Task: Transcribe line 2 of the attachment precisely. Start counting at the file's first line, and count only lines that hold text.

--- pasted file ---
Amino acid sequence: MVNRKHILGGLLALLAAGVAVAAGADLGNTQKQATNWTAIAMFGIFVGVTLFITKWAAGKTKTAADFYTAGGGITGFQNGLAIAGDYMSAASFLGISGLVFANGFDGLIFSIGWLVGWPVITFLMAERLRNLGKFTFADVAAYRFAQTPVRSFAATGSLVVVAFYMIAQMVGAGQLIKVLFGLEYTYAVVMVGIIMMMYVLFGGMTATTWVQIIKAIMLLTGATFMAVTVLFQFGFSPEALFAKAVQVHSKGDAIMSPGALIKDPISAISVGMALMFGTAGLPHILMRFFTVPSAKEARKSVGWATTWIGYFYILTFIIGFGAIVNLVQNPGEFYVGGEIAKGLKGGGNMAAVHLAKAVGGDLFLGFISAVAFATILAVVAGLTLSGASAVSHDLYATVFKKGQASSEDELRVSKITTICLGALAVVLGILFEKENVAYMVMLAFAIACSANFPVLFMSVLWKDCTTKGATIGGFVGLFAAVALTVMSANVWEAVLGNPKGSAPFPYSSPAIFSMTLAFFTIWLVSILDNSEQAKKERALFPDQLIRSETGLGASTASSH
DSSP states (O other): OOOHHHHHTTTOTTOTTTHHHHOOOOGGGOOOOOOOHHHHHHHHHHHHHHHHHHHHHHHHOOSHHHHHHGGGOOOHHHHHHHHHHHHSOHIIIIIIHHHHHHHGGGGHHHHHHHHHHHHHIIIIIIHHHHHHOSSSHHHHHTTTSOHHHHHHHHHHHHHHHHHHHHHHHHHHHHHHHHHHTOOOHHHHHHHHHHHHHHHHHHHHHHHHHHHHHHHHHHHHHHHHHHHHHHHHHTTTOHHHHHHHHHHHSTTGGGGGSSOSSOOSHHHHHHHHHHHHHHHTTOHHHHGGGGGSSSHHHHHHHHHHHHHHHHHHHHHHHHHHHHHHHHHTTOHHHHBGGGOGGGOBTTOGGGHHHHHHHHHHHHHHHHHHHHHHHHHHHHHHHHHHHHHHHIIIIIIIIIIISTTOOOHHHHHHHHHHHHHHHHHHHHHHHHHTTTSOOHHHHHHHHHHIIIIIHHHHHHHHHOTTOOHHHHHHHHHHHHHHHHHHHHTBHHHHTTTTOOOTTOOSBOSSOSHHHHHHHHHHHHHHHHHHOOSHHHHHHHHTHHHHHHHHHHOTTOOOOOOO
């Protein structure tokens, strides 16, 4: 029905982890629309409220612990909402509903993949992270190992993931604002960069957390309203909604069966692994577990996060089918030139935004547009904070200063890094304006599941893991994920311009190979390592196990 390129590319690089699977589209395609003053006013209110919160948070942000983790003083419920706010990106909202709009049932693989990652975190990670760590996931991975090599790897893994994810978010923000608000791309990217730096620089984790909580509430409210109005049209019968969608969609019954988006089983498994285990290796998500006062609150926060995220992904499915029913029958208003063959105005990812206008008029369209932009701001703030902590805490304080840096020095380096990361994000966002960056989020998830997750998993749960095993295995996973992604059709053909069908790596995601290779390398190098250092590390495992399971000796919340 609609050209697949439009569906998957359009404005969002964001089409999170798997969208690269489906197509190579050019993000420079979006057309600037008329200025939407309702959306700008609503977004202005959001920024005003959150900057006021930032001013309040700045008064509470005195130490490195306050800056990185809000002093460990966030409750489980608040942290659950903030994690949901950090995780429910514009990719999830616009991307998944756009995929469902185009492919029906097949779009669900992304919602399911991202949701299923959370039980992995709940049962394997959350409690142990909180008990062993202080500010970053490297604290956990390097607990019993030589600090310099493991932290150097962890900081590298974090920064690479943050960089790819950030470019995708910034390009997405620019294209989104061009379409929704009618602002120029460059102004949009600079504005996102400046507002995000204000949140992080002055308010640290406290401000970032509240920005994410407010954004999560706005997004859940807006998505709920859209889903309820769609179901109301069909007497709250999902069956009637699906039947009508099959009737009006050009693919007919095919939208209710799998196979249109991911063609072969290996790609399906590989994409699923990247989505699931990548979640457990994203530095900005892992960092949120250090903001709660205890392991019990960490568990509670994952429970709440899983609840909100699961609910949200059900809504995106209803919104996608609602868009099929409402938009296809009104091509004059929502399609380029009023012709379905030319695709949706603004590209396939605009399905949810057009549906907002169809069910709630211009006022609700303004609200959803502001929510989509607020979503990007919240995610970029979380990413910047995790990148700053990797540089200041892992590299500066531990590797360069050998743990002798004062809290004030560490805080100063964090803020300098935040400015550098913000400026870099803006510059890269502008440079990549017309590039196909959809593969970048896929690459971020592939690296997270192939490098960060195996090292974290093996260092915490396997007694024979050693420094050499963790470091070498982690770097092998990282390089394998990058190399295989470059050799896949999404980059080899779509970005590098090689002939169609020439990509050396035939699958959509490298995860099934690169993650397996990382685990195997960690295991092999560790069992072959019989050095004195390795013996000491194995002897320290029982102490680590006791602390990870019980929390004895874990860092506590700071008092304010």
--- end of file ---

DSSP states (O other): OOOHHHHHTTTOTTOTTTHHHHOOOOGGGOOOOOOOHHHHHHHHHHHHHHHHHHHHHHHHOOSHHHHHHGGGOOOHHHHHHHHHHHHSOHIIIIIIHHHHHHHGGGGHHHHHHHHHHHHHIIIIIIHHHHHHOSSSHHHHHTTTSOHHHHHHHHHHHHHHHHHHHHHHHHHHHHHHHHHHTOOOHHHHHHHHHHHHHHHHHHHHHHHHHHHHHHHHHHHHHHHHHHHHHHHHHTTTOHHHHHHHHHHHSTTGGGGGSSOSSOOSHHHHHHHHHHHHHHHTTOHHHHGGGGGSSSHHHHHHHHHHHHHHHHHHHHHHHHHHHHHHHHHTTOHHHHBGGGOGGGOBTTOGGGHHHHHHHHHHHHHHHHHHHHHHHHHHHHHHHHHHHHHHHIIIIIIIIIIISTTOOOHHHHHHHHHHHHHHHHHHHHHHHHHTTTSOOHHHHHHHHHHIIIIIHHHHHHHHHOTTOOHHHHHHHHHHHHHHHHHHHHTBHHHHTTTTOOOTTOOSBOSSOSHHHHHHHHHHHHHHHHHHOOSHHHHHHHHTHHHHHHHHHHOTTOOOOOOO